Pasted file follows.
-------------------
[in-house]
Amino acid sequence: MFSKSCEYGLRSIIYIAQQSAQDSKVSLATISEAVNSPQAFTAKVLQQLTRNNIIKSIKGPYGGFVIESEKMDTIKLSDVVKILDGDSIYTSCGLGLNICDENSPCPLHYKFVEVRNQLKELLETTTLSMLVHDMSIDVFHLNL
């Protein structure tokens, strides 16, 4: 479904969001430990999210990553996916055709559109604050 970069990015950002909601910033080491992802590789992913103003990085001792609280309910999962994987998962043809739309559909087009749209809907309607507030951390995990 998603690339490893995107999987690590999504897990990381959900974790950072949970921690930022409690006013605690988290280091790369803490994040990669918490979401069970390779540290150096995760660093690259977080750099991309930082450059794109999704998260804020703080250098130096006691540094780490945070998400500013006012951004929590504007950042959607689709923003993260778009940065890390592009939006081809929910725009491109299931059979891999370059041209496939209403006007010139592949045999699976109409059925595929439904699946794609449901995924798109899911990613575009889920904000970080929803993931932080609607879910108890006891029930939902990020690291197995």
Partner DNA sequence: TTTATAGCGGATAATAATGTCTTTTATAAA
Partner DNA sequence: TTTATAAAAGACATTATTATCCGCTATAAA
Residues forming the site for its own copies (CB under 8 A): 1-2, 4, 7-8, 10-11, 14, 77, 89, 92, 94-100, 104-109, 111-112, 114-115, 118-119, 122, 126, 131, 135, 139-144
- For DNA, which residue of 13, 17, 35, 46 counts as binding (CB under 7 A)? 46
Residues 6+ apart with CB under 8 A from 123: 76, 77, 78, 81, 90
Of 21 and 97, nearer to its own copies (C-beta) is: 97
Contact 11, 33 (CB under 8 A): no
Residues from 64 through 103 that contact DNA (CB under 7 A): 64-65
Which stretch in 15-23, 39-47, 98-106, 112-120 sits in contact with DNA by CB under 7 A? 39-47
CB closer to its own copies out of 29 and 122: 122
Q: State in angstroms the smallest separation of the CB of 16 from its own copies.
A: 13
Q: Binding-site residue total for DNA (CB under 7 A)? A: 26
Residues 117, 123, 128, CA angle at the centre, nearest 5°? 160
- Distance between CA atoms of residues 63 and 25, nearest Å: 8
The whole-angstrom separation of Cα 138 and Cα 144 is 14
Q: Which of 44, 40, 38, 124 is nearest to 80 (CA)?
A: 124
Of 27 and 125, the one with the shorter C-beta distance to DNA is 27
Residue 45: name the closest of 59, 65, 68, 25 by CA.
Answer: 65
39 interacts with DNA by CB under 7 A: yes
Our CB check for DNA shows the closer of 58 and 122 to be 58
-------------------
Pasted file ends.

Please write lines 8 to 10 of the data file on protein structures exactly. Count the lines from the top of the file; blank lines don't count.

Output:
Residues 6+ apart with CB under 8 A from 123: 76, 77, 78, 81, 90
Of 21 and 97, nearer to its own copies (C-beta) is: 97
Contact 11, 33 (CB under 8 A): no